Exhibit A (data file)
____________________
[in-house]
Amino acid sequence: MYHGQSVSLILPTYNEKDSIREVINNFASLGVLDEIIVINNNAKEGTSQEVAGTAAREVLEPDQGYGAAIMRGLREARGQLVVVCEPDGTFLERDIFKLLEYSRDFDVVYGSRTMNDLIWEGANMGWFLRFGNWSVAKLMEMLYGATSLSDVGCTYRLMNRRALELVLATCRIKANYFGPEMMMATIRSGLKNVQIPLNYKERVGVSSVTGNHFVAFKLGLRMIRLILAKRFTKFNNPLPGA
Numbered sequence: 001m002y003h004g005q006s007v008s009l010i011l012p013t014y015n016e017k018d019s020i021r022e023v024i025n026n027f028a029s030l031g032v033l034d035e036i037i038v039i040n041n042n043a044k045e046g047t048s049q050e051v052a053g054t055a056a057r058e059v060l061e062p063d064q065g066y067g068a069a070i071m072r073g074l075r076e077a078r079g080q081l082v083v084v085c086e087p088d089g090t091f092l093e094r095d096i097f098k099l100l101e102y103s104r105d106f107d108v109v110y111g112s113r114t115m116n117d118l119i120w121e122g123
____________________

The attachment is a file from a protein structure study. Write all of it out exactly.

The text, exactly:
[in-house]
Amino acid sequence: MYHGQSVSLILPTYNEKDSIREVINNFASLGVLDEIIVINNNAKEGTSQEVAGTAAREVLEPDQGYGAAIMRGLREARGQLVVVCEPDGTFLERDIFKLLEYSRDFDVVYGSRTMNDLIWEGANMGWFLRFGNWSVAKLMEMLYGATSLSDVGCTYRLMNRRALELVLATCRIKANYFGPEMMMATIRSGLKNVQIPLNYKERVGVSSVTGNHFVAFKLGLRMIRLILAKRFTKFNNPLPGA
Numbered sequence: 001m002y003h004g005q006s007v008s009l010i011l012p013t014y015n016e017k018d019s020i021r022e023v024i025n026n027f028a029s030l031g032v033l034d035e036i037i038v039i040n041n042n043a044k045e046g047t048s049q050e051v052a053g054t055a056a057r058e059v060l061e062p063d064q065g066y067g068a069a070i071m072r073g074l075r076e077a078r079g080q081l082v083v084v085c086e087p088d089g090t091f092l093e094r095d096i097f098k099l100l101e102y103s104r105d106f107d108v109v110y111g112s113r114t115m116n117d118l119i120w121e122g123